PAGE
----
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Patents in gaming industry


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Some questions, if some of the devs are still here or if there is life left in this particular forum...


Many people might know about the software patents and lawsuits related to them, but as far as I can see, most of the patents are related to "non-gaming" things (information systems, network security, e-commerce, etc).


Now the questions:


How relevant are software patents to game industry?

Does an average game developer have legal workers researching this particular area to avoid potential patents infringement?

Were there any relevant suitcases against game developing companies?

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If think there were one recently between Creative Labs and Id Software. If I remember well, it was about one of the main algorithm used in the Doom 3 Engine to handle the shadows, known as Carmack Reversed. Creative has a patent on this and sued Id Software. Then, they made an agreement and a better integration of the EAX were to be done in Doom 3. I don't know if is actually the case. I think Id said Creative has to made this patch or something like this.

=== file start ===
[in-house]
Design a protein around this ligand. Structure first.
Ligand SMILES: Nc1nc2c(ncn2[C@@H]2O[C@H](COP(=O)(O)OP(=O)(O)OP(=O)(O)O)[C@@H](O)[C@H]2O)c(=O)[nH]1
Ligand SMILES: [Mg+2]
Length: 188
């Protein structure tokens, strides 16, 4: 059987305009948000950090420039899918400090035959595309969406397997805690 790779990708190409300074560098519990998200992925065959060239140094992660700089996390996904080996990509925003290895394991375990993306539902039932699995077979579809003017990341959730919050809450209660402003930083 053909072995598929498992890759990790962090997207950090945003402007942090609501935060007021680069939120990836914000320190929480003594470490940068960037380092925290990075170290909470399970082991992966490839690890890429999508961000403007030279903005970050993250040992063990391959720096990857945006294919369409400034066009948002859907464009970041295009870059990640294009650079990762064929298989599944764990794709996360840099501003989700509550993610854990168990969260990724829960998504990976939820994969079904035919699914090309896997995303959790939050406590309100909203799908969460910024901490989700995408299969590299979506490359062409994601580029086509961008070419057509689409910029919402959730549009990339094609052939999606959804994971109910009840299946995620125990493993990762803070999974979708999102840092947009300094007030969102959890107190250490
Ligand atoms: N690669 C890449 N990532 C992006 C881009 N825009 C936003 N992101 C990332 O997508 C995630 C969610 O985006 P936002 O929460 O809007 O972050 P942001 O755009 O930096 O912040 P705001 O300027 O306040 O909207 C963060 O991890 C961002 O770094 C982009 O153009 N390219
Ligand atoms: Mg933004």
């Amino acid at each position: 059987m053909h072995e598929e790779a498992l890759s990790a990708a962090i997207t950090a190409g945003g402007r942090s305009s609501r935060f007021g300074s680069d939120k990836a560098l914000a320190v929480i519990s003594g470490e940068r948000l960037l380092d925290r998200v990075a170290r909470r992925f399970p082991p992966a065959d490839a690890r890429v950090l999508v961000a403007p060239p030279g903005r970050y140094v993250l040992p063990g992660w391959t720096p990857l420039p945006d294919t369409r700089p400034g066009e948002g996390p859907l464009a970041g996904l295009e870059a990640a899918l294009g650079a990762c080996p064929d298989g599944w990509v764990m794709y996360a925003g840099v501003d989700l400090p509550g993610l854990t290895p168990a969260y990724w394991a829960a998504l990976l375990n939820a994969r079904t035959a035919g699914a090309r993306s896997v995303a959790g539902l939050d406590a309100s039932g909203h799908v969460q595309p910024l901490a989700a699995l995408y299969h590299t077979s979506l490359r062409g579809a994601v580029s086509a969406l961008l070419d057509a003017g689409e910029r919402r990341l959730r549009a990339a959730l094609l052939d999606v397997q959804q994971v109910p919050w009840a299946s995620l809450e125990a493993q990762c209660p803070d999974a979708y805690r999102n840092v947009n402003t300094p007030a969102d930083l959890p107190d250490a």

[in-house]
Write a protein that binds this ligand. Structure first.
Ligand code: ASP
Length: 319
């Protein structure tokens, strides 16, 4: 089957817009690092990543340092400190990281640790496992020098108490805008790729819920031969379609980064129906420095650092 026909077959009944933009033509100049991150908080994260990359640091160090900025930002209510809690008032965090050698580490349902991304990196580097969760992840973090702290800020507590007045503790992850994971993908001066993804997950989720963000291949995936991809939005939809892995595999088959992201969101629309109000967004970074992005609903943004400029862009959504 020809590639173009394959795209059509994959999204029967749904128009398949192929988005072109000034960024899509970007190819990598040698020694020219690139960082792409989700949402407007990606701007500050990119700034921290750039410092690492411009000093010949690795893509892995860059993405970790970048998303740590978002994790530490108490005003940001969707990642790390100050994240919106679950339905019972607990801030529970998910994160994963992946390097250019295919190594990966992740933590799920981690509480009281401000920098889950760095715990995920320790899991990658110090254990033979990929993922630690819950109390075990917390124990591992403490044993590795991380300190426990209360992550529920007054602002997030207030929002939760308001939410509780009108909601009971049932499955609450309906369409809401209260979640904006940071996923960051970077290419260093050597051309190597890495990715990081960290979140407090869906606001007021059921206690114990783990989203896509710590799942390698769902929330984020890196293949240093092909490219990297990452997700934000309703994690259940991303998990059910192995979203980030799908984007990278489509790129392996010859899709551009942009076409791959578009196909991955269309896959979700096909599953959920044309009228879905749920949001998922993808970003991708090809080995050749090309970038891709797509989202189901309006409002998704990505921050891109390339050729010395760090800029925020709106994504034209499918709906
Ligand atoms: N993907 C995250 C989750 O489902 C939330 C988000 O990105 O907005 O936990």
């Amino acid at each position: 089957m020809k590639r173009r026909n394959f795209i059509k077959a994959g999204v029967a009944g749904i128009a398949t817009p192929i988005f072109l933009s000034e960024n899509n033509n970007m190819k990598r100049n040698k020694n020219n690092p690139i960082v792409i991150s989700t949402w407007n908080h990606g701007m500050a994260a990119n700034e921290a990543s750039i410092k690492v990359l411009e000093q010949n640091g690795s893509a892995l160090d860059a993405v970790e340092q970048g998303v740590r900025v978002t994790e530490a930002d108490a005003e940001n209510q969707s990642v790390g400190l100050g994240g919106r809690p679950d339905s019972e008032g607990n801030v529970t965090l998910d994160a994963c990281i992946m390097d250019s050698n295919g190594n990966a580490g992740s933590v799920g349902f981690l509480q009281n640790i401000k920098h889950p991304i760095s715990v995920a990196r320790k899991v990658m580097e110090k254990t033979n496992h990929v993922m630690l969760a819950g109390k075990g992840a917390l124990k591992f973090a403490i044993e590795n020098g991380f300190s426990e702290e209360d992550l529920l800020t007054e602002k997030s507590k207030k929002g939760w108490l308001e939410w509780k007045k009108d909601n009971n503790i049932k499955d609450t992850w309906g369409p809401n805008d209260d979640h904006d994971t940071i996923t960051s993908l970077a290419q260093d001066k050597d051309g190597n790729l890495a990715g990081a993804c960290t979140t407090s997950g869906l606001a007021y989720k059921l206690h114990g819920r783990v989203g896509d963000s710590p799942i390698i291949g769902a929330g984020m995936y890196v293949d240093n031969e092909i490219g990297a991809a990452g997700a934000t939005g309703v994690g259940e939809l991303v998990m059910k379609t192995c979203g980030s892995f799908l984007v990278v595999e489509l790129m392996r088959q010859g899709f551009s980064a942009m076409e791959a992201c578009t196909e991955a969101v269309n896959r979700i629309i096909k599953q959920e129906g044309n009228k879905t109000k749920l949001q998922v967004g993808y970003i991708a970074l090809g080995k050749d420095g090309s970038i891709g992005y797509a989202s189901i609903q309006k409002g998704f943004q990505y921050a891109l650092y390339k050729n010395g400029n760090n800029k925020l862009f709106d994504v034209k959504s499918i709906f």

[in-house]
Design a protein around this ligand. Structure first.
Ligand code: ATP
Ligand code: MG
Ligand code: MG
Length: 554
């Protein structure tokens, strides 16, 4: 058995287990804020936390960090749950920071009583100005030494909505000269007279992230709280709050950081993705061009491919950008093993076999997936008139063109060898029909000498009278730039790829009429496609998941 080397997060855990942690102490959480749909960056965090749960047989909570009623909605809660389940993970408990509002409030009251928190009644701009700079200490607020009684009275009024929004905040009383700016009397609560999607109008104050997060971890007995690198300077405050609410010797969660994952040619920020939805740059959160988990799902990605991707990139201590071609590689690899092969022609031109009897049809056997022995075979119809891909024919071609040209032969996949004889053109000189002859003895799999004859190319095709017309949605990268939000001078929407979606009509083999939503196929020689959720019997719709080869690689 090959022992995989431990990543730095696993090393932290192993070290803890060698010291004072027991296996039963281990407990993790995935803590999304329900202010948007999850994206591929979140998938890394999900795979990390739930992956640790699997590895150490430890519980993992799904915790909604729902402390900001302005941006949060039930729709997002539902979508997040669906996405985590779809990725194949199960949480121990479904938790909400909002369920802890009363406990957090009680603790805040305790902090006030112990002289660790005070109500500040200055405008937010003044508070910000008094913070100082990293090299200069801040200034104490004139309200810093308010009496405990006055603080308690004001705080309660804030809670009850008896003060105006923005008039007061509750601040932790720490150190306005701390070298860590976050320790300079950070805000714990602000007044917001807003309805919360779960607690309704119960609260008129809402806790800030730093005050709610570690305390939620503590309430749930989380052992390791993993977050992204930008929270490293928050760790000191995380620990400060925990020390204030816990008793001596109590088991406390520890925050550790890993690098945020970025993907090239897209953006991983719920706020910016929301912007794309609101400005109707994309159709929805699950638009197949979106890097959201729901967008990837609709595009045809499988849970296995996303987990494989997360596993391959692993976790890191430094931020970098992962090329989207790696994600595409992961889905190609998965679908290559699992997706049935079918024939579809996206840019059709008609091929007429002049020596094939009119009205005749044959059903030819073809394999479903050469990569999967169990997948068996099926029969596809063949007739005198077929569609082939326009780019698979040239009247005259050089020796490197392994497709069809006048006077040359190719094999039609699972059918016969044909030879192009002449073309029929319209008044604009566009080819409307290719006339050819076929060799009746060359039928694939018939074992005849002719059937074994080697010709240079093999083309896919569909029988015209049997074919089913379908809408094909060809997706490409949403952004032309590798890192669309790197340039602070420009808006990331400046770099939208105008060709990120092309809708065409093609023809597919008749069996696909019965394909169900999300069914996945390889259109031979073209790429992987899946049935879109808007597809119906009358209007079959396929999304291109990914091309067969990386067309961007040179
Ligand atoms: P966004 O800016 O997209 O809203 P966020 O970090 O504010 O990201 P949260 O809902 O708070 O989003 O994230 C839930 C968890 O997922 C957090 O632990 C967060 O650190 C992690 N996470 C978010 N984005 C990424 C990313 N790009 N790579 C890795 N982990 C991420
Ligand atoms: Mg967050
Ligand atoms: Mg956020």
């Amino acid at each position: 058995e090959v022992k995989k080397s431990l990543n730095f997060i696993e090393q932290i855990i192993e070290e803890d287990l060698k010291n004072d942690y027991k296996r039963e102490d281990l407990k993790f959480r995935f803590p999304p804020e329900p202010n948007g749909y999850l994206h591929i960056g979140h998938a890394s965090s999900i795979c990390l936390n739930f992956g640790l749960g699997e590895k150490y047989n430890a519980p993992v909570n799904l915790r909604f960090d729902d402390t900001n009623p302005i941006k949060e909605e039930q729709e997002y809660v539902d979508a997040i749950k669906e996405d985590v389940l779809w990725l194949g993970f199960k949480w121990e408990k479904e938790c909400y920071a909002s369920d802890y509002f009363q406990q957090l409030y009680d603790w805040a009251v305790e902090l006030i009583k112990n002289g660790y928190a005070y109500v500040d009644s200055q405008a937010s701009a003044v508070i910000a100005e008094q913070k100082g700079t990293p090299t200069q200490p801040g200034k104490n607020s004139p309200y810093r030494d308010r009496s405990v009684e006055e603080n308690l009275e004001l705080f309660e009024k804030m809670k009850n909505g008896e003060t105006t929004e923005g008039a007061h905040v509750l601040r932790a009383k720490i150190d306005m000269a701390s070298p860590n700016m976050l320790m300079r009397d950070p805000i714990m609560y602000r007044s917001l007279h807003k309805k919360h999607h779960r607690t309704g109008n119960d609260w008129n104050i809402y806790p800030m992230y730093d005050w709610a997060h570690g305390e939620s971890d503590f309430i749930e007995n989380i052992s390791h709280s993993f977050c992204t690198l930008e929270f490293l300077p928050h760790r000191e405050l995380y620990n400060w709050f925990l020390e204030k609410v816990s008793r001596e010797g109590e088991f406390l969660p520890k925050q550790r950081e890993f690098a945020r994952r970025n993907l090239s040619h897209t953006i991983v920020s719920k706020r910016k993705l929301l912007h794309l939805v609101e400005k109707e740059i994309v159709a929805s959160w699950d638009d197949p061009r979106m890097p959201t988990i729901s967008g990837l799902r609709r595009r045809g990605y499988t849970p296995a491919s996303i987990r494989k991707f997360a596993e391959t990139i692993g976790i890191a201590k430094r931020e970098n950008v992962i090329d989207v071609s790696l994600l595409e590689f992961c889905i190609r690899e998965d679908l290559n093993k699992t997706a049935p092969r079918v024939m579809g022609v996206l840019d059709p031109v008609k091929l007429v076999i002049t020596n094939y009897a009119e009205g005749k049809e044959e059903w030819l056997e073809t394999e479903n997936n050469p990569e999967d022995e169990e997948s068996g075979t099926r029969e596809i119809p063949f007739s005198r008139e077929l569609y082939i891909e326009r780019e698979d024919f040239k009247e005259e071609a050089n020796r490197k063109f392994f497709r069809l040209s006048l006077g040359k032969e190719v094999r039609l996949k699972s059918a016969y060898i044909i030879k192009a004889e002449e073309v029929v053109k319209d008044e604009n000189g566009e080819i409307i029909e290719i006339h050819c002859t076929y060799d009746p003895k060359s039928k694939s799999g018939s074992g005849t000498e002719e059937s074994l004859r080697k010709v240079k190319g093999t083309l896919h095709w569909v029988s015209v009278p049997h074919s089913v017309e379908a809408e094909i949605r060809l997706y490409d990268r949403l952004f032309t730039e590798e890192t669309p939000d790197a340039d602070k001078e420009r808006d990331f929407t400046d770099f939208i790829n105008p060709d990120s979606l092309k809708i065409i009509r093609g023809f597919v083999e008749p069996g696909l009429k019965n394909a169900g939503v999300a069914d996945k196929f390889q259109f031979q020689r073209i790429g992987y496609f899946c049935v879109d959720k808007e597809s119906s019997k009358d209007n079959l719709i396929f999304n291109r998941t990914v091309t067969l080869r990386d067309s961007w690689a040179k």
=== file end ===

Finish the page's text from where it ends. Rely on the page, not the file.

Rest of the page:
So yes, this is relevant in the gaming industry and it could harm little developpers as well as an IBM or Microsoft bunch of software patents could be harmfull for little software developpers. Aoh, yes, they said they made all these patents to defend themselves and avoid an Eolas cas. So you may infrige their patents, but not trying to sue them if they infringe yours, since they'll say something like "Yes, we ARE infringing your patent, but look, you ARE infringing 200 of us, so shut up!". But I have some doubts about these so-called "defense patenting".

Unfortunately, nobody in Europe have seen the need of a real debate on the topic, there is just pro and cons lobbyists...

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Personally I don't think that patents are very useful in the game's industry. Most of what we create today from a technology standpoint is going to get thrown out after a few years. An example would be 3D engines, which are put together and written very differently than they were even four or five years ago. Of the stuff that we could re-use, most of that is basic computer science which has been taught in schools for years.


I would suppose that you could patent a particular method for shadows like the Creative Lab thing, but the 3D hardware might change in six months and your patent is now useless.


It might be that patents would make more sense to companies that are making specific types of technology that they licence to a bunch of different companies.


As for us being aware of patents. Since, they don't play a large part in the industry we don't worry about them too much. Plus, much of what we put into games is in the public domain we are usually protected.


We stay in touch with possible problems by being active in game developer community forums, talking to other developers and having a lawyer who represents a bunch of different game developers.

Feargus Urquhart


Obsidian Entertainment, Inc.

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